Département d‘immunologie, Institut Cochin, Inserm U.567, CNRS UMR 8104, Laboratoire membre de l‘IFR 116, Université René Descartes, 27, rue du Faubourg‐Saint‐Jacques, 75014 Paris Laboratoire de virologie et pathogenèse moléculaires, CNRS UMR‐5537, Université Claude‐Bernard Lyon I, Faculté de médecine RTH Laennec, 7, Rue Guillaume‐Paradin, 69008 Lyon * Adresse actuelle : Laboratoire d‘immunologie biologique, CHU Henri‐Mondor, 51, av. du Maréchal‐de‐Lattre‐de‐Tassigny, 94010 Créteil Cedex
The initial concept of gene therapy was to correct a genetic disease by transferring the normal allele of the deficient gene to the most affected cells or tissues. This explains why patients with cystic fibrosis, a recessive autosomal monogenic disease which mainly affects the respiratory and digestive tracts, have been the first to be treated by gene therapy using an adenovirus vector. In fact, the first generation adenovirus vectors provoke a vigourous stimulation of innate immunity, followed by the induction of a specific cellular and humoral response. This response accounts for the vaccinal properties of adenovirus, and is considered as responsible for the rapid decrease of the transgene expression and the low efficiency of vector re‐administrations in animal models. In humans, the data from phase I trials are more difficult to interpret, but they seem to confirm the observations in the other models. The immunogenicity of adenovirus vectors have originally been associated with a residual, low level expression of certain viral genes. However, some recent observations suggest that the capsid of the input vector itself would play a crucial role in this process,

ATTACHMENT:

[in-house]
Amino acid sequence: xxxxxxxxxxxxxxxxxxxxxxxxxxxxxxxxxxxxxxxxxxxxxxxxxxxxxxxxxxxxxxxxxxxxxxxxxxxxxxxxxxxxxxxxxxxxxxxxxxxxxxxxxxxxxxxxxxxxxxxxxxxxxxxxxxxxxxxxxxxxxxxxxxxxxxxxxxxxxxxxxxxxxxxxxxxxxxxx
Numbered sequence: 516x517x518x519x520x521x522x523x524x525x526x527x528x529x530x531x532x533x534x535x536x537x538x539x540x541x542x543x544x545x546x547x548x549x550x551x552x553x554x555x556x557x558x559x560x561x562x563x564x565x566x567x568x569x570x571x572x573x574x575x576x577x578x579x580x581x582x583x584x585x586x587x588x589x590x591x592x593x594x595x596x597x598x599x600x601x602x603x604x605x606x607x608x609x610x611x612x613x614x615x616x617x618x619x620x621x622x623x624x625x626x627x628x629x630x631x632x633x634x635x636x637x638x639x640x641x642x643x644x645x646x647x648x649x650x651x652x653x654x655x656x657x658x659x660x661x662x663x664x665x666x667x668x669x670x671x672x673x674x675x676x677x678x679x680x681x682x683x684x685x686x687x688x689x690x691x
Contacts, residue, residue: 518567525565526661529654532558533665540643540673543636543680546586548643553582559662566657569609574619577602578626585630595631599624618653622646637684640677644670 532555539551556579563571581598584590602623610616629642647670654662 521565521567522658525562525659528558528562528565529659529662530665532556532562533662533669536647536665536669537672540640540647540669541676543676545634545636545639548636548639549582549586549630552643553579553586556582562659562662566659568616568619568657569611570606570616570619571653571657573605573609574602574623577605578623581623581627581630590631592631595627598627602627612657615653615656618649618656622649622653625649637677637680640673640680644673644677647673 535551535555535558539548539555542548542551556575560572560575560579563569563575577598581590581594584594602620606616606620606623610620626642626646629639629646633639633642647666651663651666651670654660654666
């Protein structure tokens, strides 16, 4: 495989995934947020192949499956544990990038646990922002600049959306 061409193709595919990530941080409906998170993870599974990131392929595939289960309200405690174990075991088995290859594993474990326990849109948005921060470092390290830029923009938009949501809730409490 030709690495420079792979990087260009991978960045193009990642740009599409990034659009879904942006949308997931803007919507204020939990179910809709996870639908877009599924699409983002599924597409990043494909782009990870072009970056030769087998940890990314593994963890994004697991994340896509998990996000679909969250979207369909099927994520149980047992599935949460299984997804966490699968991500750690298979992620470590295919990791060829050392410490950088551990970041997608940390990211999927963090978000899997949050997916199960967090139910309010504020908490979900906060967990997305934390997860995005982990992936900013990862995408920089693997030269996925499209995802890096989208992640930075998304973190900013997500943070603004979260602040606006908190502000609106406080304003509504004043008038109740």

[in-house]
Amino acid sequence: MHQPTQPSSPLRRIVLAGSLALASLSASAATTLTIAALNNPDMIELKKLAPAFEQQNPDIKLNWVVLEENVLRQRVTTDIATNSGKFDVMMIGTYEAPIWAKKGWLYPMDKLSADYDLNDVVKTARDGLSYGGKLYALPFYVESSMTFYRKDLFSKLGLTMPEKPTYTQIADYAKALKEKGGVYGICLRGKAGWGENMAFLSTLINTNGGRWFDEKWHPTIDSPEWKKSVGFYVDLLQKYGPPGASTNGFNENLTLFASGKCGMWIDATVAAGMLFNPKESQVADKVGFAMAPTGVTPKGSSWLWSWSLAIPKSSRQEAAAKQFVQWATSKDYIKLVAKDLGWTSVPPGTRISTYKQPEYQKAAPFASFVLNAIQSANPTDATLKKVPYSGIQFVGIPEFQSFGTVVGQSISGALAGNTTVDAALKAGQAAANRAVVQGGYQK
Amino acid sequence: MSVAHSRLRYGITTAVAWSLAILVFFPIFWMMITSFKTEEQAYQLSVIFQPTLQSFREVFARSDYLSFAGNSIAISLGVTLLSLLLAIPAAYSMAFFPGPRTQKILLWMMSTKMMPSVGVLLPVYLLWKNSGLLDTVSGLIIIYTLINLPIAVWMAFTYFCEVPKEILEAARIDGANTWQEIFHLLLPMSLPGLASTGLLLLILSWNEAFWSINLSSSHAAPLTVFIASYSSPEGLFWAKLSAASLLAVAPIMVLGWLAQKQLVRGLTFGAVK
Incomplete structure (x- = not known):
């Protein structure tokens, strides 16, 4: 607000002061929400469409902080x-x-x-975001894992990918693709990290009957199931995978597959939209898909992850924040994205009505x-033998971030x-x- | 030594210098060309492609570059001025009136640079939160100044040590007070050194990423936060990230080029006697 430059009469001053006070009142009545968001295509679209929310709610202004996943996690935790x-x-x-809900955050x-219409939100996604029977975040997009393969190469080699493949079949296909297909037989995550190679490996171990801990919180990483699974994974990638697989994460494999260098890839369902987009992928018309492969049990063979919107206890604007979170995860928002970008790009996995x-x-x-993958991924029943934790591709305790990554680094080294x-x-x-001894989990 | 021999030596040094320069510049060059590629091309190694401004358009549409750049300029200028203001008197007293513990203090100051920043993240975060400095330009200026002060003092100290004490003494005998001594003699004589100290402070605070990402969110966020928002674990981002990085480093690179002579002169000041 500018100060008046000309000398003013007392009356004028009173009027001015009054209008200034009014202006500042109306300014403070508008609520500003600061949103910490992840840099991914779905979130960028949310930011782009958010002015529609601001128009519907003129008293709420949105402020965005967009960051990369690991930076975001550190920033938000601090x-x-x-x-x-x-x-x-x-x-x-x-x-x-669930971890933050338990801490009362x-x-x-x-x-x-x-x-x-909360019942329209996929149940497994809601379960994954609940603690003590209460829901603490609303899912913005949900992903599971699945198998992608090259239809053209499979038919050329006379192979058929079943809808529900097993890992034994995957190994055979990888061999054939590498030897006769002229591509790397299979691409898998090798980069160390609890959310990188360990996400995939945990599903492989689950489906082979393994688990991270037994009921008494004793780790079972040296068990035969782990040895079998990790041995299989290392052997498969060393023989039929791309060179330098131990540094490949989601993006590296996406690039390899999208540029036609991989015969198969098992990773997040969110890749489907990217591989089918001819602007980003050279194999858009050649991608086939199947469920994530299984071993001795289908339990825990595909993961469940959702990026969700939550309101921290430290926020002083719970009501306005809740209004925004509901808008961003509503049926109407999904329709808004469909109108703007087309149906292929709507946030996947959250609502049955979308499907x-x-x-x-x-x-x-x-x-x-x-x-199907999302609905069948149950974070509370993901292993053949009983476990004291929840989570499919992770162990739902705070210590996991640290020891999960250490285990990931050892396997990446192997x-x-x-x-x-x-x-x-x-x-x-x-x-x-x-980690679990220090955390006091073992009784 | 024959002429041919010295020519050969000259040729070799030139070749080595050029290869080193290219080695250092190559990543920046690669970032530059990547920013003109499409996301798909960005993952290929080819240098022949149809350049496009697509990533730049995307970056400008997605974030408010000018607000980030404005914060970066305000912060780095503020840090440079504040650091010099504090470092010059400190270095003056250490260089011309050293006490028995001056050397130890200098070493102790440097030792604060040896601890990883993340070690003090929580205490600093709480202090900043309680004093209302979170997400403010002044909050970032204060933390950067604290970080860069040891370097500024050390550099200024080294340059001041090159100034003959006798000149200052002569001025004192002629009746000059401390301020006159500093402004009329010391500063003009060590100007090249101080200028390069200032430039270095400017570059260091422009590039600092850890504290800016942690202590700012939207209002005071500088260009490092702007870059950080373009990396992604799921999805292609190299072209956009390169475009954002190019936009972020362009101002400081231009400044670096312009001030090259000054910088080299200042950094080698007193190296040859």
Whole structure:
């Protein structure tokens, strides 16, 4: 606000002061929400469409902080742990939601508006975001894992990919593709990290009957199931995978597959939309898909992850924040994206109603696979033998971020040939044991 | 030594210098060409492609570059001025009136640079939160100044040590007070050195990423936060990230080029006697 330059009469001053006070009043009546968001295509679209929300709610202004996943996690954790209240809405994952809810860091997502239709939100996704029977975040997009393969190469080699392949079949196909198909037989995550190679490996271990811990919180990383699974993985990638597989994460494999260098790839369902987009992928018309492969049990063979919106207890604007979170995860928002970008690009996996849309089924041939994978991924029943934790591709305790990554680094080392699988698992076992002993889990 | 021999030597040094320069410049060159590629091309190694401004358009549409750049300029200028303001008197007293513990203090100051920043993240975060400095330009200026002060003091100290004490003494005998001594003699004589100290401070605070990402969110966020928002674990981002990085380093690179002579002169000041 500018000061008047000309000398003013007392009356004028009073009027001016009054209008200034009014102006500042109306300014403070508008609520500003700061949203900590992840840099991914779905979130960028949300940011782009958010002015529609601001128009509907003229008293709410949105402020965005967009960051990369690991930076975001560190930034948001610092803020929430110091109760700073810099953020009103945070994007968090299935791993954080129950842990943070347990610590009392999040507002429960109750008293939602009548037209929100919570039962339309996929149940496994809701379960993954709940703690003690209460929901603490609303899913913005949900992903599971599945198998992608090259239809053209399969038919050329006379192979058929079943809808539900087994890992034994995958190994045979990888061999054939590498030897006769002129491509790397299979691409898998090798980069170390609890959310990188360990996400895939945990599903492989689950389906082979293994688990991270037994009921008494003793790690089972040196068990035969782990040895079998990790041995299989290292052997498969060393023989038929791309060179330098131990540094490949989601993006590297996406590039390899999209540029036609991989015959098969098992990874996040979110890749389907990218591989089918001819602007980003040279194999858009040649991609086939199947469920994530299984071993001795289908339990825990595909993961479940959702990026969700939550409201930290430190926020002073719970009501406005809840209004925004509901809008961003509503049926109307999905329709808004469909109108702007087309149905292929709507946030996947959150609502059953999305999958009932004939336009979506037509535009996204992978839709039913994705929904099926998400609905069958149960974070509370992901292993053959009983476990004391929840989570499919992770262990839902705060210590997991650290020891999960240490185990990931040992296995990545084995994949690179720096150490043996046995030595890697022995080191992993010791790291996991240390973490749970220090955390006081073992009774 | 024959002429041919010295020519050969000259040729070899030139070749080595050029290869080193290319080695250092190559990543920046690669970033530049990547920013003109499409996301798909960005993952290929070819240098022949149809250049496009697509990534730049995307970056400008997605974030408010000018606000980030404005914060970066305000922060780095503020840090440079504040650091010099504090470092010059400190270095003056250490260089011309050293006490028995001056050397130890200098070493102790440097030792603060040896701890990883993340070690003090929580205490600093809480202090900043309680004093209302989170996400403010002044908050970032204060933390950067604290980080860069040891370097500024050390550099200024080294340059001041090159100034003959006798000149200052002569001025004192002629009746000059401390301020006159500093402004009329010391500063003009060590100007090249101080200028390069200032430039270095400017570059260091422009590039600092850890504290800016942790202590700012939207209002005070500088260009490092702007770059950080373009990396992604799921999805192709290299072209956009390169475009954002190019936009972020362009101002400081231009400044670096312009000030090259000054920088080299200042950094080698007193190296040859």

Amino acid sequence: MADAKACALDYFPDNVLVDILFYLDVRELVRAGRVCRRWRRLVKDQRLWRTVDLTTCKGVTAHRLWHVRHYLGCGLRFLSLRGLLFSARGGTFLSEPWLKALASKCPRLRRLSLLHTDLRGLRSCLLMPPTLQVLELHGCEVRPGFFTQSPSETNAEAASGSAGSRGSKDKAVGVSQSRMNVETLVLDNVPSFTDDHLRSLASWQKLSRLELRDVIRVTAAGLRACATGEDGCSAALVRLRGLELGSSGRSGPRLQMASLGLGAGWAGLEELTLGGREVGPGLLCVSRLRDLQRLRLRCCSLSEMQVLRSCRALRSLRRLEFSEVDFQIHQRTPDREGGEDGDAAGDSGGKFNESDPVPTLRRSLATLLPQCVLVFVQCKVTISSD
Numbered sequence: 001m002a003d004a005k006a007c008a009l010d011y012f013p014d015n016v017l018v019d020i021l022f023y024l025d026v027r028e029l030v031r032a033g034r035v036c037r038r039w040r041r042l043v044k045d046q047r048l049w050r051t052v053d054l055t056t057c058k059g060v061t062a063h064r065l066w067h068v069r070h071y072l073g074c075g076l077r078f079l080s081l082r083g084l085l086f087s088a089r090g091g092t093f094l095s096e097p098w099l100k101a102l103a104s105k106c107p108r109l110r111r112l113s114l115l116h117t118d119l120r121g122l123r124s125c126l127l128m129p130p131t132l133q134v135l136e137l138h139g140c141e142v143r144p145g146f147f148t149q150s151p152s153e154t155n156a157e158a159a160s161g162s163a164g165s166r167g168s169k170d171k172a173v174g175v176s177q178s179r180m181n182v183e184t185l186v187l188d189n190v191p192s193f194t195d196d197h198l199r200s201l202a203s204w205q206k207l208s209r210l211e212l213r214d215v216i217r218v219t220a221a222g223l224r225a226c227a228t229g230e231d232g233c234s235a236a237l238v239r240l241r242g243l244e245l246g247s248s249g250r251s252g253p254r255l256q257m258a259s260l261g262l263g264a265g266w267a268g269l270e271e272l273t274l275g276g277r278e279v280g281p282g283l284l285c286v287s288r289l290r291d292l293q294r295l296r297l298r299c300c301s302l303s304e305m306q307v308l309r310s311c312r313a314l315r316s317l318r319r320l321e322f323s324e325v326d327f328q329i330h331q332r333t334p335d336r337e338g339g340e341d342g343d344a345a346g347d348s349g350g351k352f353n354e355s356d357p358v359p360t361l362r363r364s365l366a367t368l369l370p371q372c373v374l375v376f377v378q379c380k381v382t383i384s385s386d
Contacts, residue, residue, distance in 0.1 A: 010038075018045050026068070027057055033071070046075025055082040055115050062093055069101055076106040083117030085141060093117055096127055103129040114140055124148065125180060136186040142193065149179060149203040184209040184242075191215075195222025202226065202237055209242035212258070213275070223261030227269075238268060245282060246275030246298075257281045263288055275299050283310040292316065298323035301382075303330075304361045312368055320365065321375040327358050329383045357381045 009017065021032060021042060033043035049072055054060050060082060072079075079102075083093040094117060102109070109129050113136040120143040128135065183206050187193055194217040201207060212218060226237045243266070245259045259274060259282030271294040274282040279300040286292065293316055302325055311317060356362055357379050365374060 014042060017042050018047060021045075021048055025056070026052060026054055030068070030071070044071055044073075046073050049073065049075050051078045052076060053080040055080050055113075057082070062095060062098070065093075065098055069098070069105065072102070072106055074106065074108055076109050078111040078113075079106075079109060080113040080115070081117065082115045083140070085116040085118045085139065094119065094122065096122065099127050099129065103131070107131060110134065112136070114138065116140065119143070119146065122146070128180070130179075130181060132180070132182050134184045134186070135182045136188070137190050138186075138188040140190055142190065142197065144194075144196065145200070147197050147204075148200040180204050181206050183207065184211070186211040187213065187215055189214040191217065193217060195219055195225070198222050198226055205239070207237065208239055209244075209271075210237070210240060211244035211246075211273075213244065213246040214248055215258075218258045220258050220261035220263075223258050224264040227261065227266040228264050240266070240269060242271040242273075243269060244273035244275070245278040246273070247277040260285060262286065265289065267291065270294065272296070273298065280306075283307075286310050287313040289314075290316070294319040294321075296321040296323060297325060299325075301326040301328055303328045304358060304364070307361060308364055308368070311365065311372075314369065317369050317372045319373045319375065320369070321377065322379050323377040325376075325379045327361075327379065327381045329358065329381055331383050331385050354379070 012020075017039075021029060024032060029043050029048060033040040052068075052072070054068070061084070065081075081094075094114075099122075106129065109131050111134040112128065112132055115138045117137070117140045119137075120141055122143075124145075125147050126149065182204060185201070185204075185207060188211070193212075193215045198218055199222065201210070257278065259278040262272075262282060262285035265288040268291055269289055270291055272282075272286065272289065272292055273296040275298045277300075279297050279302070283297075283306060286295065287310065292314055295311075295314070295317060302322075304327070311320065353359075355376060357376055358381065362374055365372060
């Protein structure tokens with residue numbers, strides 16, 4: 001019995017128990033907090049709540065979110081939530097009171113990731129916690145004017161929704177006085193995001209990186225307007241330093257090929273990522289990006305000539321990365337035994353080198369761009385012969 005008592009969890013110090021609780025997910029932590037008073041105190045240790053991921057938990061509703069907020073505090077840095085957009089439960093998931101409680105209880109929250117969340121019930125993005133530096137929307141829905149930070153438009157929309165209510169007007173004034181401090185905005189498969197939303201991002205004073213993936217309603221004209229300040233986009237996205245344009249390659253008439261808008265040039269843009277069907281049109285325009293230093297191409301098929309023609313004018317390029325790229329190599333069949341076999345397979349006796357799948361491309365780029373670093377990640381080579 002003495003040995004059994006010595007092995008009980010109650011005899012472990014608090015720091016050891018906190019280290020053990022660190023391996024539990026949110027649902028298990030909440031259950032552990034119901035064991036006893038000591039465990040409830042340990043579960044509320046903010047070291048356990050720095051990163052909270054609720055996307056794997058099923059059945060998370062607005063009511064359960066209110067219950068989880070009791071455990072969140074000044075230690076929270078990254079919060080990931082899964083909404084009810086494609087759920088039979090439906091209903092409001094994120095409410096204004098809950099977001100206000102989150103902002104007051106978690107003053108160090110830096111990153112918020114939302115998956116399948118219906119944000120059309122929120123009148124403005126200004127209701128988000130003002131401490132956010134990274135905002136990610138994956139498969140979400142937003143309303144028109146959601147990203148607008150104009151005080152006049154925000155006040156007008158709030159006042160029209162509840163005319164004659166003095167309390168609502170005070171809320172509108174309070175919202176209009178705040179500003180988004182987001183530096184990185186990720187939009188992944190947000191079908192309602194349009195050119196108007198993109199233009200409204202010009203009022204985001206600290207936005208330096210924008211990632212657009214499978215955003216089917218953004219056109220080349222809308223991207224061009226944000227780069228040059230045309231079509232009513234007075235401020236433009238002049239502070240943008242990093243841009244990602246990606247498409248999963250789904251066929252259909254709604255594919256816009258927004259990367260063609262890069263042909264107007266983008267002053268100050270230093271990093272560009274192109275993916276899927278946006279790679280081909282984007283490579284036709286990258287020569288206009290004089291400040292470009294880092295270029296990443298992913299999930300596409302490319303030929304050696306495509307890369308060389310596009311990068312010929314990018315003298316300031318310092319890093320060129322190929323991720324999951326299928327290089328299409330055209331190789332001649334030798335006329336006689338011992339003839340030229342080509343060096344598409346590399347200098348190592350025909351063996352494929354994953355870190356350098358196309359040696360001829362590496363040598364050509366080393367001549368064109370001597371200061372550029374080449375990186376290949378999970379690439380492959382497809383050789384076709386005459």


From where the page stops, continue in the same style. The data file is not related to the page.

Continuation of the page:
via its interaction with major actors of the immune response, macrophages and dendritic cells. Different strategies have been proposed to enhance the efficiency and specificity of delivery of therapeutic genes, using adenovirus vectors. The most promising ones consist in the modifications of the capsid to alter the natural tropism of the virus and redirect it to the desired cell targets. As a complement to this retargeting strategies, the modifications of immunogenic epitopes, and of the domains of interaction of the viral capsid with the cells of the immune system might contribute to improve the efficacy and the biosafety of the new generation adenovirus vectors in the near future.